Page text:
Year in Review: Top Insurance Cases of 2023

Time 15 Minute Read
February 27, 2024
Legal Update

Directors and Officers (“D&O”) and cyber-related incidents continued to make headlines while ramped up regulatory enforcement and new legislation significantly altered the insurance landscape for both policyholders and insurers. Other noteworthy decisions reinforced the importance of foundational insurance coverage principals. Now that 2023 has wrapped, we highlight and review some of the most significant decisions and insurance developments that will continue to impact the world of insurance in 2024 and beyond.

Directors & Officers

In 2023, policyholders saw favorable interpretations of coverage under their D&O policies. These recent policyholder wins demonstrate an expansive view of potential D&O coverage and serve as a good reminder for policyholders to consider whether coverage could be triggered under all of their policies when faced with a loss.

Courts nationwide have issued a wide range of decisions on insurance coverage for lawsuits arising out of the opioid epidemic under commercial general liability policies. On August 17, 2023, a North Carolina federal court illustrated why coverage is also available under Directors and Officers (D&O) liability insurance policies. In The North Carolina Mut. Whole Company v. Federal Insurance Co., No. 1:22-CV-553, 2023 WL 5312234 (M.D.N.C.), the court determined a drug wholesaler’s D&O policy provided coverage for more than one hundred underlying lawsuits, rejecting the insurer’s argument that two exclusions, the contract and professional services exclusions, barred coverage.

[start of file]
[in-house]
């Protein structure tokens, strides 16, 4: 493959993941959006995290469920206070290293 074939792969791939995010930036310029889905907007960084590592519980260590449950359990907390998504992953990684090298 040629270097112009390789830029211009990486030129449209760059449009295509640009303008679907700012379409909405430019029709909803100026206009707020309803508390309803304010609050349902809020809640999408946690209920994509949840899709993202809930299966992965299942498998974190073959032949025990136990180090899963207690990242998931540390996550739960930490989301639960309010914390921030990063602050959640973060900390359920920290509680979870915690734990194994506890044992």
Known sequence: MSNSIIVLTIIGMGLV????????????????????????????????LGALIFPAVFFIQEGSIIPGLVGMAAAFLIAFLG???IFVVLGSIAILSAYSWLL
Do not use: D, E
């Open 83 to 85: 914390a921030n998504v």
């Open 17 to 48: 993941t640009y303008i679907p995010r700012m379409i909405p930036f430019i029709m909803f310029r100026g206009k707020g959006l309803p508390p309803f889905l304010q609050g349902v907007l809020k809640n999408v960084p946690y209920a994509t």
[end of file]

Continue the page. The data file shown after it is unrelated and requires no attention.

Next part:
The decision offers positive takeaways for policyholders: first, the decision underscores that exclusions cannot apply expansively to effectively eviscerate coverage, as would have occurred here under the insurer’s expansive view of the professional services exclusion. Second, the decision confirms potential coverage for claims arising from the manufacture, distribution and sale of opioids.

A Delaware court issued a significant opinion in a directors and officers liability claim involving a special purpose acquisition company (“SPAC”). In an issue of first impression in Delaware, the Superior Court in Clover Health Investments Corp. v. Berkley Ins. Coheld that directors and officers of the post-merger entity were “Insured Persons” under the SPAC’s D&O policy because they were acting in “functionally equivalent” roles to directors and officers of the SPAC when the alleged pre-merger wrongful conduct took place.

The Clover Health opinion touches a number of important insurance issues. While certain issues are unique to D&O claims arising from SPAC transactions, others may have broader implications for D&O coverage in Delaware beyond SPAC deals.